|Scientific Name:||Gorilla gorilla ssp. gorilla|
|Species Authority:||(Savage, 1847)|
See Gorilla gorilla
|Taxonomic Notes:||The Western Gorilla (Gorilla gorilla) consists of two recognized subspecies: Gorilla gorilla gorilla (Western Lowland Gorillas) and Gorilla gorilla diehli (Cross River Gorillas). The taxonomic status of the gorilla populations in the Maiombe Forest (Cabinda, Democratic Republic of Congo and Republic of Congo) and in Ebo/Ndokbou (Cameroon) awaits clarification; however, measurements from a single Ebo gorilla skull indicate this may be a relict population of a previously more widespread population living north of the Sanaga River (Groves 2005).|
|Red List Category & Criteria:||Critically Endangered A4cde ver 3.1|
|Assessor(s):||Walsh, P.D., Tutin, C.E.G., Baillie, J.E.M., Maisels, F., Stokes, E.J. & Gatti, S.|
|Reviewer(s):||Mittermeier, R.A., Williamson, E.A. & Butynski, T.M. (Primate Red List Authority)|
This taxon is classified as Critically Endangered under criterion A4, a population reduction of more than 80% over three generations (where a generation is estimated as 22 years, D. Cailluad unpubl.). The listing is based on exceptionally high levels of hunting and disease-induced mortality (over 90% in some large remote areas, including the second largest protected population at Minkébé), which combined are estimated to have caused its abundance to decline by more than 60% alone over the last 20 to 25 years. Most protected areas have serious poaching problems and almost half of the habitat under protected status has been hard hit by Ebola. Commercial hunting and Ebola induced mortality are both continuing (even accelerating), threats that are not readily mitigated. If the current Ebola epizootic continues at the same rate and trajectory, then the decline in Western Gorilla abundance in all protected areas is projected to be on the order of 45% for the 20-year period spanning 1992 to 2011 (not accounting for other threat factors such as hunting). Furthermore, gorilla reproductive rates are extremely low (maximum intrinsic rate of increase about 3%, Steklis and Gerald-Steklis 2001). Therefore, even an immediate cessation of Ebola mortality and a drastic reduction in the rate of hunting (neither of which seem likely) would not result in rapid population recovery. Rather, under the most optimistic scenarios, population recovery would require on the order of 75 years (Walsh et al. 2003). Much sooner, perhaps 20 to 30 years into the future, habitat loss and degradation from agriculture, timber extraction, mining, and possibly climate change will become a major threat. Thus, a population reduction of more than 80% over three generations (i.e., 66 years, 1980 to 2046) is likely.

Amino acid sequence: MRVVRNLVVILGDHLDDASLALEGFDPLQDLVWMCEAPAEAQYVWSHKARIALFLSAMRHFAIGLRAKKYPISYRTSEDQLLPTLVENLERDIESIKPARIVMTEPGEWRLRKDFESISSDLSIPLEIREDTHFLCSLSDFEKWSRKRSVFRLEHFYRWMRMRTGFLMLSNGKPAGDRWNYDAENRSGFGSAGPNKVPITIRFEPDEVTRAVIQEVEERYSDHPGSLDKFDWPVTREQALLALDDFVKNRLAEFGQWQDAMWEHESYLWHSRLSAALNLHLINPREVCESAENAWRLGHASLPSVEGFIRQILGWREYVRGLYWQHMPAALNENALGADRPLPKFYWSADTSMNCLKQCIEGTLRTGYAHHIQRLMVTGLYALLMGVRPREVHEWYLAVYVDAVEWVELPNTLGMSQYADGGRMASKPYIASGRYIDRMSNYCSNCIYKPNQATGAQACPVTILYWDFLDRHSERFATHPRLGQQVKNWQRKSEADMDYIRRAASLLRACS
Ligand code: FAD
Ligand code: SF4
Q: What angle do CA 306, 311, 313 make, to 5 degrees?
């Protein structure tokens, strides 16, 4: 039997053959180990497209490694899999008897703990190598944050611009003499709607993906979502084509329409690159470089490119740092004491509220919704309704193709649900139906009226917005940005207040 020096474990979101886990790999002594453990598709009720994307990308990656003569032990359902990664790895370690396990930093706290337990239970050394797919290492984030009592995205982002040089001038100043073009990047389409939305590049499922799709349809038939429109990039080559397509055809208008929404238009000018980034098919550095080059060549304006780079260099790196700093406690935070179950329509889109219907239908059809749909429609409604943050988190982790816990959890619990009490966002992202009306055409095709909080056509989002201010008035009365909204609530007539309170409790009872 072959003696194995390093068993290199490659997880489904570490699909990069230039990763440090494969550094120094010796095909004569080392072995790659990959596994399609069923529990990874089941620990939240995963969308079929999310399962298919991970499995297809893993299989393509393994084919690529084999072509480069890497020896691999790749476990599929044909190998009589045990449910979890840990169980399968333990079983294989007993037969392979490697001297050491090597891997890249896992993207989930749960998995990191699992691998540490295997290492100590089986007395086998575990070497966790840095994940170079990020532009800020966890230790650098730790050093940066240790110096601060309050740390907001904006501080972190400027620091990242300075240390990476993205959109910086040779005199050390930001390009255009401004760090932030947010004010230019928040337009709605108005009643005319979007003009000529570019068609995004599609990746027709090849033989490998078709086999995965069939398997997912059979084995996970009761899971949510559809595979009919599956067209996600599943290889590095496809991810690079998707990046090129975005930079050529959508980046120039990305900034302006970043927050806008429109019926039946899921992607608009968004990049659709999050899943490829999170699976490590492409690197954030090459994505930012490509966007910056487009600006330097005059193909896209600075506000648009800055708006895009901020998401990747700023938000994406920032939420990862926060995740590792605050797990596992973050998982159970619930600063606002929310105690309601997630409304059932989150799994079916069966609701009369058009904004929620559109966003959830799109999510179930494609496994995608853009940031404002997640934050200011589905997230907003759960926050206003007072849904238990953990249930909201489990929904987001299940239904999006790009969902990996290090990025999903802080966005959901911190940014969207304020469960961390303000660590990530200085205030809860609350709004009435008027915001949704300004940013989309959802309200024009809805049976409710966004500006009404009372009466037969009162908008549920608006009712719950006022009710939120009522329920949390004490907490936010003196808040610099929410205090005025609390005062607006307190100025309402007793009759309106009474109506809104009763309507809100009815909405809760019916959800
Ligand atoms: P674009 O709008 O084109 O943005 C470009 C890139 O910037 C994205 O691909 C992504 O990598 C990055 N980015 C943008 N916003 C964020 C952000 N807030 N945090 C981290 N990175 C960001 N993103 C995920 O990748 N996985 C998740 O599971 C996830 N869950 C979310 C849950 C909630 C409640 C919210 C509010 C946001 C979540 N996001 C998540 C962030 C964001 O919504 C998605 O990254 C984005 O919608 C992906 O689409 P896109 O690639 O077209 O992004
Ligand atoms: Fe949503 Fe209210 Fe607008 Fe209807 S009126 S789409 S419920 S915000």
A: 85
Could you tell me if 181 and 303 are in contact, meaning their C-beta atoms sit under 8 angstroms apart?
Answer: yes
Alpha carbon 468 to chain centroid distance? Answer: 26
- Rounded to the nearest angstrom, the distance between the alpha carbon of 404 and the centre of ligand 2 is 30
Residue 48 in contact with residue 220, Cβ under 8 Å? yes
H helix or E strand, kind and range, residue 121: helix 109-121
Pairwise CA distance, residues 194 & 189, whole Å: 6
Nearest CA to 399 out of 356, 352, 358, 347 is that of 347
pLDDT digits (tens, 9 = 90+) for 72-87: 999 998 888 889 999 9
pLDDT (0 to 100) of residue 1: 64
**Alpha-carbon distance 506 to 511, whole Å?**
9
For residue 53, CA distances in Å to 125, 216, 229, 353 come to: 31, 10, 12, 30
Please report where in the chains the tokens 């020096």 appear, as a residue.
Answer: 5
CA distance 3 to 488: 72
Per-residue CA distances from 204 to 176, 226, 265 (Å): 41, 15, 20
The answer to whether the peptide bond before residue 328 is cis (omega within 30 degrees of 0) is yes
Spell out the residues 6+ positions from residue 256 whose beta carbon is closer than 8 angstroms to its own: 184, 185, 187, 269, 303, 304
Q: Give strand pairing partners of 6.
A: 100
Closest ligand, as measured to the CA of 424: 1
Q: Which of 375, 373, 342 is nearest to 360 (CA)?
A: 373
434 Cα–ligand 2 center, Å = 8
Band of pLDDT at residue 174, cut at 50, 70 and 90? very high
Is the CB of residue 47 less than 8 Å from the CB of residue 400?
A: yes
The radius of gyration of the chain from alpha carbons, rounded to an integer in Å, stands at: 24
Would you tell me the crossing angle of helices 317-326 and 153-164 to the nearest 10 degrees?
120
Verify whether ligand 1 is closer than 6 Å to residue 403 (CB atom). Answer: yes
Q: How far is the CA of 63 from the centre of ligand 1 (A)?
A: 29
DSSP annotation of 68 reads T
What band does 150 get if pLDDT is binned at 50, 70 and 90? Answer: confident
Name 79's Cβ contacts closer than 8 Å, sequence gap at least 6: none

|Previously published Red List assessments:||
|Range Description:||G. g. gorilla (Savage and Wyman, 1847) occurs in Cameroon (south of the Sanaga River), south to the Congo River mouth, and east across the Sangha River, to the Oubangi River.|
Native:Angola (Angola, Cabinda); Cameroon; Central African Republic; Congo; Equatorial Guinea; Gabon
Regionally extinct:Congo, The Democratic Republic of the
|Range Map:||Click here to open the map viewer and explore range.|
|Population:||Previous assessments have focused on habitat availability as the major predictor of gorilla abundance. Thus, the commonly cited figure of 95,000 western gorillas (Harcourt 1996) is based on an assumption that all intact habitat in Western Equatorial Africa contains gorillas at densities that were typical of Gabon in the early 1980s. However, habitat loss is not the major driver of ape decline in this region. Rather, recent surveys suggest that since the early 1980s, commercial hunting and outbreaks of the Ebola virus have virtually extirpated gorillas from a great deal of otherwise intact forest. Technical problems with the conversion of ape nest density to estimates of gorilla density preclude a rigorous estimate of range-wide gorilla abundance.|
|Current Population Trend:||Decreasing|